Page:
Mavericks Take Steps Forward with Chandler and, well, ChandlerAdded - Dec. 3, 2014 - Comments
When Mark Cuban, the effervescent owner of the Dallas Mavericks, makes bids on players and misses out on them, it makes news. He has done that before and he will do that again. Most notably in recent years was his pursuit of Dwight Howard, who did not sign with Dallas after leaving the Lakers but instead inked a deal with the Houston Rockets. Obviously the first priority in Dallas is keeping power forward (and former MVP) Dirk Nowitzki happy. But the Mavs have to also put a team around him. So Cuban went out and made a couple of deals to add pieces to the puzzle. Now, center Tyson Chandler and small forward Chandler Parsons are part of the starting lineup, and the Mavericks are sitting with a 15-5 record, which is sixth best in the Western Conference, although they are sitting in fourth place in the Southwest Division, which couldn't possibly be any tougher than it already is, with the likes of Memphis, Houston and San Antonio to contend with.
Because Nowitzki is not known as a bruiser at his forward position, the team had to have some kind of enforcer underneath. And that is the kind of thing Tyson Chandler has been doing for years. The veteran of 13 seasons in the NBA is a former Defensive Player of the Year, and this season he has been doing exactly what he's been noted for in his career – blocking and altering shots, and pulling down rebounds. In fact, his average of 11.8 rebounds per game happens to be fourth best in the league, and he has chalked up 4.3 offensive rebounds per contest, which is more than twice as many as any other member of the Mavericks. What he supplies is the kind of toughness that puts up a big "stop" sign in front of any opponent who wants to get brazen by driving down the lane.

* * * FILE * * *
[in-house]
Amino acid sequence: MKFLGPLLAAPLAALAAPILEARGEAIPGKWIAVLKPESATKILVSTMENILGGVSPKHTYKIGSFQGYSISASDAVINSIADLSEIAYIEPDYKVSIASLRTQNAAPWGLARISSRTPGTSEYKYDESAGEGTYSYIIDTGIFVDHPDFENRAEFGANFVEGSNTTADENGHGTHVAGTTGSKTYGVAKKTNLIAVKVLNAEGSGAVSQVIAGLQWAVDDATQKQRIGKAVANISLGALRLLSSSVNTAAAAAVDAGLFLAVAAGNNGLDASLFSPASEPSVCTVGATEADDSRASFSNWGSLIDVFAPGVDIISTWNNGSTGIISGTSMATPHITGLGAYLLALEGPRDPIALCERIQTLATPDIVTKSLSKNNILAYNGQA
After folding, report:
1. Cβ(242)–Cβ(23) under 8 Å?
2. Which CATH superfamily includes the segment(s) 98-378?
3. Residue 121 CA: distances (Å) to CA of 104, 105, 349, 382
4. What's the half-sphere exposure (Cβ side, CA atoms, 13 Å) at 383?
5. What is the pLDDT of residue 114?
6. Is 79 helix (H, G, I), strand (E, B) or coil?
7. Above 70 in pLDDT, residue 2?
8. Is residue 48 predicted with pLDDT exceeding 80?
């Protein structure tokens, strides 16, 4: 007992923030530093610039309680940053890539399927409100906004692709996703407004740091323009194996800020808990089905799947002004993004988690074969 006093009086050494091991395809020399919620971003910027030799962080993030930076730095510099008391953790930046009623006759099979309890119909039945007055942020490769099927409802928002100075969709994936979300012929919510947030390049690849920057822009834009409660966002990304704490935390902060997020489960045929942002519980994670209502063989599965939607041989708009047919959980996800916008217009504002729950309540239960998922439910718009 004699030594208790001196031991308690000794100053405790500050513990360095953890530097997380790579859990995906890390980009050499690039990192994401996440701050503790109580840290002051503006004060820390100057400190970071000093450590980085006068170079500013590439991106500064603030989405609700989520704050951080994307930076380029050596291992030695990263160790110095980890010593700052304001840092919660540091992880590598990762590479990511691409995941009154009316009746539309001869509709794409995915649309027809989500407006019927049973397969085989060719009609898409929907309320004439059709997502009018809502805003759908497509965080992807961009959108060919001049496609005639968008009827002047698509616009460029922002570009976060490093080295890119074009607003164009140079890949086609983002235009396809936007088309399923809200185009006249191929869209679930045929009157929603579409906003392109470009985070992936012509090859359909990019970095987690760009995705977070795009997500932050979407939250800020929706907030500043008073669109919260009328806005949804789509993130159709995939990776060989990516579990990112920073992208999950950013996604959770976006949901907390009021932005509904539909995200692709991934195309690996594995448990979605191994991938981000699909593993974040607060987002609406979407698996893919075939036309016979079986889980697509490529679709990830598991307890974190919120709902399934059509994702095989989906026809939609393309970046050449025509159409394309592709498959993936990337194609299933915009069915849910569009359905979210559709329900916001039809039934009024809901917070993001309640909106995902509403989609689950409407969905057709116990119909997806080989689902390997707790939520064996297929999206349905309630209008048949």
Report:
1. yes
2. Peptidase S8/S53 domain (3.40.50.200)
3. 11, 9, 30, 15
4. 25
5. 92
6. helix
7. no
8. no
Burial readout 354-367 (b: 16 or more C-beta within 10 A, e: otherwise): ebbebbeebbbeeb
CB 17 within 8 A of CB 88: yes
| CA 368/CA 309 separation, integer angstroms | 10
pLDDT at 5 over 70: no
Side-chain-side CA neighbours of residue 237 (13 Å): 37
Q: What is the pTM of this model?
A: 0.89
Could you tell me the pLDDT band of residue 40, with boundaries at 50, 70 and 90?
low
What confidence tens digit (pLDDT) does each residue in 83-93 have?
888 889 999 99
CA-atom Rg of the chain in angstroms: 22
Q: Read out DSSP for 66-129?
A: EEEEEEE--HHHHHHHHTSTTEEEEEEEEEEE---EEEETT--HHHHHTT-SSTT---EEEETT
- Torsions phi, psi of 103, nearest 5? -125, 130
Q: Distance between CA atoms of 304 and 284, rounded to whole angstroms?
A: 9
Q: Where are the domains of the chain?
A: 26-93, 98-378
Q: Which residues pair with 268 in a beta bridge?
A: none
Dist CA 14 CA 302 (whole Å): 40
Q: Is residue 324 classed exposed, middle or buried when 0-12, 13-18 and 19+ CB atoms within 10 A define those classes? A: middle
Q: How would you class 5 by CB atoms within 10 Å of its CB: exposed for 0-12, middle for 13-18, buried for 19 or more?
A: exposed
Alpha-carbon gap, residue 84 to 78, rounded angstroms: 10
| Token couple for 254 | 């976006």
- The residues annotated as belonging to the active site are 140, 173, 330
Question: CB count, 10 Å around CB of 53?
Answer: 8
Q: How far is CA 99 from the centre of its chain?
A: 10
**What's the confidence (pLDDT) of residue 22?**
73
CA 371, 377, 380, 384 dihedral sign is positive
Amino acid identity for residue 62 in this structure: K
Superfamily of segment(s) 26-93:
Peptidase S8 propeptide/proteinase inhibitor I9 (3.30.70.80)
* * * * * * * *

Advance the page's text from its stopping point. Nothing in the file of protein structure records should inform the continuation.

Speaking of driving down the lane, that is one thing Dallas coach Rick Carlisle would like to see more out of Chandler Parsons, who was lured by Cuban with a $15 million-per-year salary. A 6' 9" small forward, Parsons is generally known as someone who can do many things with the basketball. But he's had a bit of a problem fitting in; critics look upon him as someone who has "spotted up" and shoots from the outside too much, and he actually agrees with that. Chandler is hitting below 41% overall, and he has made considerably fewer drives down the lane that he did last season, when he was a member of the Rockets. Since it is early in the NBA season, and they are also working with other new players, including point guard Jameer Nelson (who had previously spent a decade in Orlando), we are assuming that all of this team chemistry will come together sooner or later. And it's not like there are tragic circumstances; we noted their record already, and this is a team that leads the NBA in points per game (110.2). So there is still some upside, which should be a scary proposition for some of their Western rivals.